Saturday, November 29, 2014

War Against Disease

While seven hours of training and thorough lectures regarding common diseases and illnesses theoretically prepared us to work with local patients, reality did not fully hit our group of 24 students the next morning until we marched up and down winding dirt roads in our newly donned medical scrubs. Our volunteer site was a local primary school neatly decorated with mini Nicaraguan flags as banners. As children played in the soccer field across the road and ran through the school, we quickly entered the school to set up our pseudo clinic by bringing school chairs out to the front of the school into intimate consulting circles of 4-5 chairs. We continued our preparation by arming ourselves with stethoscopes, blood pressure cuffs, thermometers, and patient intake forms. Finally, we were ready to go into battle – a war against disease. We divided ourselves into teams of 2-3 students aided by a local interpreter and slowly a certain kind of nervousness and anticipation set in as we patiently waited for our first patient to sit down. One team member tackled the job of measuring the patient’s vital signs while the other team member worked with the interpreter to fully understand the patient’s primary health concern. Once the patient intake form was completed with questions regarding past medical conditions and current health concerns, the Nicaraguan doctors volunteering with us would rotate through groups in order to attend each patient in a timely manner. Through trial and error, we learned how to most effectively speak with each patient particularly when older patients had difficulty understanding the objective of a question. And like most tasks, we occasionally faced a random challenge. For example, my partner and I would take turns entertaining the patient’s children while the other continued with the regular routine. Above all, we strove to keep calm and cheerful attitudes with the patients as they clearly respected us as medical professionals and thus deserved equal respect back.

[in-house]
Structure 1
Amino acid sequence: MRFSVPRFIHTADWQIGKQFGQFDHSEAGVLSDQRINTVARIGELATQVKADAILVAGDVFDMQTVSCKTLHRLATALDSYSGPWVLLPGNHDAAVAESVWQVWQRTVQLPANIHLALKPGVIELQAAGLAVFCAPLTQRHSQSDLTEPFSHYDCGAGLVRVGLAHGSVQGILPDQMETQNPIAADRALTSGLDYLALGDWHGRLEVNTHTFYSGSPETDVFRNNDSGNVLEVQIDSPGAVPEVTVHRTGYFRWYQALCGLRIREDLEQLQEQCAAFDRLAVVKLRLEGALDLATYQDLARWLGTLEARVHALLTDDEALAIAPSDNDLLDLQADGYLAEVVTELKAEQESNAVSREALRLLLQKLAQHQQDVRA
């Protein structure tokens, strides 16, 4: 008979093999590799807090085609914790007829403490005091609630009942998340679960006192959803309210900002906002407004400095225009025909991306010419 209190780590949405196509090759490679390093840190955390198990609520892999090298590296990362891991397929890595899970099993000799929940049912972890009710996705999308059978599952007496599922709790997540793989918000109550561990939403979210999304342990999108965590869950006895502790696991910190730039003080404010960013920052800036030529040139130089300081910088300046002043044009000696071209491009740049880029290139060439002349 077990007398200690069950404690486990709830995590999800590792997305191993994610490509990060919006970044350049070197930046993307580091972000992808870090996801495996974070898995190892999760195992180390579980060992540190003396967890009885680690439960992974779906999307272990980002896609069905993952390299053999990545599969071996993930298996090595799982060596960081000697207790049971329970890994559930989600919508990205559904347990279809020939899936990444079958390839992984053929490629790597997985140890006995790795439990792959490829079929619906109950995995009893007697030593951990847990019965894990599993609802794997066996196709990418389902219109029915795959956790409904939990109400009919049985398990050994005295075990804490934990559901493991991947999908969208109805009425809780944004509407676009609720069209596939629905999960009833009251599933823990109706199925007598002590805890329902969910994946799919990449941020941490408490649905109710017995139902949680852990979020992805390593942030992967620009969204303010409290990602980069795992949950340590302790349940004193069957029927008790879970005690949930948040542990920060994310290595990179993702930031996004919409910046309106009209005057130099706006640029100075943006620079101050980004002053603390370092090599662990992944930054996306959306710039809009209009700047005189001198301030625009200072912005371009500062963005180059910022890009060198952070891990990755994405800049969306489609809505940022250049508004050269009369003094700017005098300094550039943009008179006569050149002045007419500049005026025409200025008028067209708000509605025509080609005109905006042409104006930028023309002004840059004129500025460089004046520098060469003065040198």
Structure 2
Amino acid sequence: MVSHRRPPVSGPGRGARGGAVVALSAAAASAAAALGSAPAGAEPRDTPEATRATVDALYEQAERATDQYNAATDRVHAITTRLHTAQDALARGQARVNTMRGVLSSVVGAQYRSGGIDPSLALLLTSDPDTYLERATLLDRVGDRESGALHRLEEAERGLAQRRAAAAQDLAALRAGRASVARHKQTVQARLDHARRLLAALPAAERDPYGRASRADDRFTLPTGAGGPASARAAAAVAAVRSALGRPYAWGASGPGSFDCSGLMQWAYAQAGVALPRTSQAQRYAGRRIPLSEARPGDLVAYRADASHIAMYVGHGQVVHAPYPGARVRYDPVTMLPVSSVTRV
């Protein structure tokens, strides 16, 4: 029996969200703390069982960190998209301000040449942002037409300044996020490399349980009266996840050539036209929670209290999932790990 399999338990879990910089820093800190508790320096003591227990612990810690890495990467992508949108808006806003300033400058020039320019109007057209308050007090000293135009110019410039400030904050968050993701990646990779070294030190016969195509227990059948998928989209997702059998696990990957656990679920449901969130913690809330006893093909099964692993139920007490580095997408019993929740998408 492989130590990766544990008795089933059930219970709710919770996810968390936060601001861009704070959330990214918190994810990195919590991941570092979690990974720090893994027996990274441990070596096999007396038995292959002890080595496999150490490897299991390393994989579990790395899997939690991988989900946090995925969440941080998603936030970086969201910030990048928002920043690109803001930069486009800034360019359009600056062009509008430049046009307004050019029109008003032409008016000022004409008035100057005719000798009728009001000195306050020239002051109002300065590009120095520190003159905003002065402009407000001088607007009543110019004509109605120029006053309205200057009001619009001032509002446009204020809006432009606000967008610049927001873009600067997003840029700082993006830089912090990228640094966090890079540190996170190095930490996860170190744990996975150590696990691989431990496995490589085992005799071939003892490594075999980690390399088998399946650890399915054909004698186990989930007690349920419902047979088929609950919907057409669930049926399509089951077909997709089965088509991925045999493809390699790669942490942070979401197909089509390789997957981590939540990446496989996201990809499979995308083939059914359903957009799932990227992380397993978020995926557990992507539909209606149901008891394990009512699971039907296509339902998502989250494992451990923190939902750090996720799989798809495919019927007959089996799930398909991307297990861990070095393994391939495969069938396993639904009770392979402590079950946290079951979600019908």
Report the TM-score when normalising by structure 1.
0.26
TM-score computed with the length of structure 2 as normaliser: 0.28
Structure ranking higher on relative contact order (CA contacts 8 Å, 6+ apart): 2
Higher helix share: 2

By the end of our first volunteer day, we had seen a wide range of cases varying from common colds to fungal skin infections. With a single day of volunteering, the volunteer doctors quickly shaped us into inquisitive disease seeking investigators. It was amazing to realize how attune we became to looking for specific symptoms and warning signs of particular diseases. On the first day alone we attended about 100 patients in about 5 hours. While this figure was rewarding to hear, it was important to also place the situation in perspective. These individuals were traveling long distances on foot or bicycle in order to receive the “basic” ibuprofen or vitamin prescription at no cost to them. It is truly amazing how easy it is to take for granted the ability to purchase these goods so effortlessly off the shelves of a store in the United States. It is these kinds of revelations that are not truly understood and appreciated until one is face to face with the true-life situation. But these revelations further fuel the necessity of continuing the aid we provided this community. As we headed back to our homes for the night, we mentally prepared ourselves to continue our war against disease for the next two days. This time, excitement for a new battle filled our spirit to replace our initial nervousness. ​


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